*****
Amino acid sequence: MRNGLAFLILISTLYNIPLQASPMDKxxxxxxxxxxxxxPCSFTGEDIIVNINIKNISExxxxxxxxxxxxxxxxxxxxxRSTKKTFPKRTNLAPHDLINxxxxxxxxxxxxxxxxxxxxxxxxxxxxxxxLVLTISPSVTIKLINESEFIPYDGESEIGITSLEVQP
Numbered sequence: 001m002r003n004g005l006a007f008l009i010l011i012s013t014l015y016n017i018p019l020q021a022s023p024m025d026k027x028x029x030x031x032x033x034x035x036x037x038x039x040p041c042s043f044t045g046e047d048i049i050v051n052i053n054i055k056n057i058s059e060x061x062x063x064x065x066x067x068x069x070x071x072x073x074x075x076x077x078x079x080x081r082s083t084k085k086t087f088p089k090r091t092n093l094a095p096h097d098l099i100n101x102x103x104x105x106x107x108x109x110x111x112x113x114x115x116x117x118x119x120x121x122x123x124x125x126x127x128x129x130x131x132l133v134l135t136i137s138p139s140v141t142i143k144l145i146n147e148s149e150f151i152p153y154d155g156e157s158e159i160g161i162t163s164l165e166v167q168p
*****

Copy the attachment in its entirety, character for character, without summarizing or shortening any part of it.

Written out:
Amino acid sequence: MRNGLAFLILISTLYNIPLQASPMDKxxxxxxxxxxxxxPCSFTGEDIIVNINIKNISExxxxxxxxxxxxxxxxxxxxxRSTKKTFPKRTNLAPHDLINxxxxxxxxxxxxxxxxxxxxxxxxxxxxxxxLVLTISPSVTIKLINESEFIPYDGESEIGITSLEVQP
Numbered sequence: 001m002r003n004g005l006a007f008l009i010l011i012s013t014l015y016n017i018p019l020q021a022s023p024m025d026k027x028x029x030x031x032x033x034x035x036x037x038x039x040p041c042s043f044t045g046e047d048i049i050v051n052i053n054i055k056n057i058s059e060x061x062x063x064x065x066x067x068x069x070x071x072x073x074x075x076x077x078x079x080x081r082s083t084k085k086t087f088p089k090r091t092n093l094a095p096h097d098l099i100n101x102x103x104x105x106x107x108x109x110x111x112x113x114x115x116x117x118x119x120x121x122x123x124x125x126x127x128x129x130x131x132l133v134l135t136i137s138p139s140v141t142i143k144l145i146n147e148s149e150f151i152p153y154d155g156e157s158e159i160g161i162t163s164l165e166v167q168p